Since smog was first recognized as a serious problem in 1947, inventors and engineers have proposed innovative ideas to get rid of it.

One was to connect all Los Angeles industries to a massive network of concrete exhaust pipes routed to the mountains where pollution could be released above the inversion layer.

If it works for sewage, it will work for air pollution, thought the engineering firm that pioneered the "air sanitation system" concept.

But the system would have required 89 miles of ductwork and the energy to move the large volumes of air would have been several times beyond what Hoover Dam could supply.

Many other ideas surfaced in the 1950s and 1960s to purify, ventilate or wash the air over Los Angeles.

One was to cut holes in the mountains and install huge exhaust fans to blow smog out of the basin. However, blowing or washing away smog proved to be impractical since it involved a land mass of 1,600 square miles and over 200 million tons of air. The enormous energy requirements made the idea impossible.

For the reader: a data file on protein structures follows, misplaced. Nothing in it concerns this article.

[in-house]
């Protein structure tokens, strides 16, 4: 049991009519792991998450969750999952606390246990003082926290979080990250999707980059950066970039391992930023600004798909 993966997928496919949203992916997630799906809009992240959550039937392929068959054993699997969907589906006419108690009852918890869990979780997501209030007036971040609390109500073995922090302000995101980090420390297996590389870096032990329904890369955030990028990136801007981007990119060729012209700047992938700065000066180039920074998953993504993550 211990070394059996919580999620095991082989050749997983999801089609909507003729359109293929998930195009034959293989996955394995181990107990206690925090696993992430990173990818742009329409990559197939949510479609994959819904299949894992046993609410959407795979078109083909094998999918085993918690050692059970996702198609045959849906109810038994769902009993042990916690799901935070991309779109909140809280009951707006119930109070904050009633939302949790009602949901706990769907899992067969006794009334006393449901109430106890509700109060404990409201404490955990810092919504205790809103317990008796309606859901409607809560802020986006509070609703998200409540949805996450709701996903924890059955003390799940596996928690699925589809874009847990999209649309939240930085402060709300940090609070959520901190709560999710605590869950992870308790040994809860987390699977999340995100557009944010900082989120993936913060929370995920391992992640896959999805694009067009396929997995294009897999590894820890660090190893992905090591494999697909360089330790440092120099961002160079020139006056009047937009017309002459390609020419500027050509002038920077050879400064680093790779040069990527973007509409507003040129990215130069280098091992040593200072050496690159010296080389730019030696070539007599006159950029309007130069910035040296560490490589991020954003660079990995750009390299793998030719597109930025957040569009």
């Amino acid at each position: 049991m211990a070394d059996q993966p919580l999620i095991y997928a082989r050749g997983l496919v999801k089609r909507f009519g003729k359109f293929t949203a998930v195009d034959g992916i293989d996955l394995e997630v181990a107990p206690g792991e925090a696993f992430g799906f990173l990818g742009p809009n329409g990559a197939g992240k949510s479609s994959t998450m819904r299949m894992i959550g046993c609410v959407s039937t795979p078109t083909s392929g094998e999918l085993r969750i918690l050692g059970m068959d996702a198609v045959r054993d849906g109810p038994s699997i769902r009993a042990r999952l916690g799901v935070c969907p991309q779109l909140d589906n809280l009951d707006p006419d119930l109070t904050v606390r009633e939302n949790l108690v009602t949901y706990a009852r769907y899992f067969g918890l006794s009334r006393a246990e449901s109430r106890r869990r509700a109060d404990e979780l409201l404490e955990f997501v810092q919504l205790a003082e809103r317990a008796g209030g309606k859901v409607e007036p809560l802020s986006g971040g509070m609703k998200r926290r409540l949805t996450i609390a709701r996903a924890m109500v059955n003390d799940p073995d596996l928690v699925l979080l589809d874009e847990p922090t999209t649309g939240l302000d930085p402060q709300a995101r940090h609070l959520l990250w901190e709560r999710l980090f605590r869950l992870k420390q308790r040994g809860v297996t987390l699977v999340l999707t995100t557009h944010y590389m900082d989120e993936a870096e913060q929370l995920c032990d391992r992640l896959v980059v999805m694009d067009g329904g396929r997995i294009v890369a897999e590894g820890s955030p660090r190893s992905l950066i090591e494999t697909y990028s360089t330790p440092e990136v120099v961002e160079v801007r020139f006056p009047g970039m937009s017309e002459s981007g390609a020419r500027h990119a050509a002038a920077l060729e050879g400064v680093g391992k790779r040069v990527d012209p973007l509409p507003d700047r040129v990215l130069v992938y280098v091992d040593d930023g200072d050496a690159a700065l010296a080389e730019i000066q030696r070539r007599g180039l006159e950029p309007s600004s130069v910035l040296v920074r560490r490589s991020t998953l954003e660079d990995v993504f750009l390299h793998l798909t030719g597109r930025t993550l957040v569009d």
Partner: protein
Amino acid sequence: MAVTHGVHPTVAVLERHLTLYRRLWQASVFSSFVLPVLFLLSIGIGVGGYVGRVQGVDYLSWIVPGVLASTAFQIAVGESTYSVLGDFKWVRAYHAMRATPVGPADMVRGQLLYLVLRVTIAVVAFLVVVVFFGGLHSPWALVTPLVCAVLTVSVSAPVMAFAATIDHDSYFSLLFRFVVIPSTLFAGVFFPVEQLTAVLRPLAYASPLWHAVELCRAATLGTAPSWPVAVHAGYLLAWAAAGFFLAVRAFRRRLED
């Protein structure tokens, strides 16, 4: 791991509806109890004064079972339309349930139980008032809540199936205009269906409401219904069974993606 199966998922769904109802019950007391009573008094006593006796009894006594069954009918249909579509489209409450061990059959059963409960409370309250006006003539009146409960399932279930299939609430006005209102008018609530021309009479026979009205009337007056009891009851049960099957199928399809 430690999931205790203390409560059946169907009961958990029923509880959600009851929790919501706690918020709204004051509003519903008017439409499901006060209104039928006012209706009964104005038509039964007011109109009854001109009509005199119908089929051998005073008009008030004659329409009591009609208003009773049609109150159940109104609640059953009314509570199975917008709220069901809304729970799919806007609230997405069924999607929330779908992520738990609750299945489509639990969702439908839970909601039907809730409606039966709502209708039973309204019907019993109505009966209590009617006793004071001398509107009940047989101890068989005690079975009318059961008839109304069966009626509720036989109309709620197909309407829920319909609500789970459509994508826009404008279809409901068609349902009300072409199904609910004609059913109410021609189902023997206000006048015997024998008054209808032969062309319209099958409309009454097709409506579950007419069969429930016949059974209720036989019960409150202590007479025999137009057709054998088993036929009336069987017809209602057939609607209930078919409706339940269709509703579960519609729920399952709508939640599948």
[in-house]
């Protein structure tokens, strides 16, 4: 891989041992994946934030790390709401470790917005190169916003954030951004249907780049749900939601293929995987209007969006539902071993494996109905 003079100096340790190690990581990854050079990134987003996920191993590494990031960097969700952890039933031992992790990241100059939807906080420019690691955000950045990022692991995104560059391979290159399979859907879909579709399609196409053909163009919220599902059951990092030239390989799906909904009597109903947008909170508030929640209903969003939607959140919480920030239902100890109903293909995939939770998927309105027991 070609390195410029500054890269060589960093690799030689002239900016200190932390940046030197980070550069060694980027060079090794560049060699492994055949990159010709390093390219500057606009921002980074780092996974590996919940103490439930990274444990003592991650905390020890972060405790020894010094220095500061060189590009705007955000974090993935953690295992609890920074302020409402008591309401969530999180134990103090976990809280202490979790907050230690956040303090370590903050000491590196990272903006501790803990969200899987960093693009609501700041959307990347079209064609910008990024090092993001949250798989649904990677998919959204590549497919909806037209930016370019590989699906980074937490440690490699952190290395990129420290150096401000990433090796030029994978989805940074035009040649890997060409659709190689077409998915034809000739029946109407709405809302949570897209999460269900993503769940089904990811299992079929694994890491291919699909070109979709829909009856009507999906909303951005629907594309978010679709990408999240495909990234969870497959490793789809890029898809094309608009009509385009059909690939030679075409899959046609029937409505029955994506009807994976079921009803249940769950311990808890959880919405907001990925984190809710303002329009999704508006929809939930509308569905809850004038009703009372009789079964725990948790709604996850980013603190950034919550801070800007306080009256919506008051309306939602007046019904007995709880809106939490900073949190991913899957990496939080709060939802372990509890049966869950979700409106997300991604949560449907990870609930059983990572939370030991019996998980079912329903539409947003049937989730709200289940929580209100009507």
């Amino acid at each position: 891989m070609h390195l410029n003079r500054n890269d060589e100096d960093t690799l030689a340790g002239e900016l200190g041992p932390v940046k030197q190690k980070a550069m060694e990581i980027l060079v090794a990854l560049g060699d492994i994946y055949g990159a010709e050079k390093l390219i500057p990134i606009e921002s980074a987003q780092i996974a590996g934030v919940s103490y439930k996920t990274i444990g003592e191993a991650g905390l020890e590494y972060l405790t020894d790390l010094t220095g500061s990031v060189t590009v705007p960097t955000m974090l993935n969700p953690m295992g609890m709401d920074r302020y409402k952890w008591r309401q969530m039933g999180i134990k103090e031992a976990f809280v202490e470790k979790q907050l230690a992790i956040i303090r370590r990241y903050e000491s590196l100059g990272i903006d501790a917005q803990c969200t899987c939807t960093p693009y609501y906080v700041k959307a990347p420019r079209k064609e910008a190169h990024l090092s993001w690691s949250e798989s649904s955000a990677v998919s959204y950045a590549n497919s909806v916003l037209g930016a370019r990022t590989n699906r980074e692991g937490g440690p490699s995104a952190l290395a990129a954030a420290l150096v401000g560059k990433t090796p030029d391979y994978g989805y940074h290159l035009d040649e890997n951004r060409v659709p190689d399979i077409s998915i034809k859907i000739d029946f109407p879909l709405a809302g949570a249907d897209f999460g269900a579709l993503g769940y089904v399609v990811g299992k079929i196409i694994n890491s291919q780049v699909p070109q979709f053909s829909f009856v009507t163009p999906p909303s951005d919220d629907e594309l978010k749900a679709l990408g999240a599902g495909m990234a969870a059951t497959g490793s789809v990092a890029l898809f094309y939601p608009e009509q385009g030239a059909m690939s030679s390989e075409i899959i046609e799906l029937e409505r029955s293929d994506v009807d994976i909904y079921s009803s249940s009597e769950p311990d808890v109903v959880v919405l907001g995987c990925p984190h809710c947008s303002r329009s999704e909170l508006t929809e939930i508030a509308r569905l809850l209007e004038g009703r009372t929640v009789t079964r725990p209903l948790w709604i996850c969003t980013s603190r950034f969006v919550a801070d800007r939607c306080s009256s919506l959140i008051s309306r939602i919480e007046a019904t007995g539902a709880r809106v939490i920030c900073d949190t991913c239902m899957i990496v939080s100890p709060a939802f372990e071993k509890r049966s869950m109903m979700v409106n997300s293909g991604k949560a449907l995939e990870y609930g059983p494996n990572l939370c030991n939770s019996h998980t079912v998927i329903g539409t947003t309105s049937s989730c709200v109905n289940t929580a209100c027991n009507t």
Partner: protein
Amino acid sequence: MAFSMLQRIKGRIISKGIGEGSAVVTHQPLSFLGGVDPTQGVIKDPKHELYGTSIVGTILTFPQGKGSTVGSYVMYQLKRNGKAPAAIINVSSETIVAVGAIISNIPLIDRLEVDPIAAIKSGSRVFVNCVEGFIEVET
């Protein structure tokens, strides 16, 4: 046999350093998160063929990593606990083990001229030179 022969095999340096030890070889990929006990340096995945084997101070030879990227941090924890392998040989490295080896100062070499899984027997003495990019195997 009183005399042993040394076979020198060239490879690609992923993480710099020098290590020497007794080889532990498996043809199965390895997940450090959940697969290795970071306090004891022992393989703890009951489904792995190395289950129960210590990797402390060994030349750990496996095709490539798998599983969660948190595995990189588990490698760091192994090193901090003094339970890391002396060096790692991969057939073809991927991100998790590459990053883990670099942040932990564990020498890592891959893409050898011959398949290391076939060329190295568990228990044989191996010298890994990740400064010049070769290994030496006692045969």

One scientist suggested blackening whole sections of the eastern mountains so as to store heat and create thermal currents and westerly winds that would blow smog over the ocean.

Seeding clouds to create rain to "wash the air clean" was one method several experts recommended in the late 1950s. Installing jet engines attached to vertical tubes to propel the smoggy air above the inversion layer also was suggested in 1961.

In 1967, a respected Penn State chemistry professor thought he had a better idea. Instead of spending money on tailpipe pollution controls, why not simply fumigate the urban air each summer smog season with a chemical called diethylhydroxylamine, or DEHA. The professor said that would interrupt smog formation because DEHA scavenges the short-lived free radicals that fuel the airborne chemistry of smog.

The only problem was that the chemical posed an even greater health risk than air pollution.

Although these ideas seem quaint today, they were seriously evaluated at a time when no one knew the cause of air pollution or how to control it.

Many other ideas eventually proved successful at reducing pollution, such as baghouses to control dust from factories, vapor recovery systems with "booted" nozzles at gas stations, catalytic converters on cars and powerplants and reformulated gasoline.

- aqmd -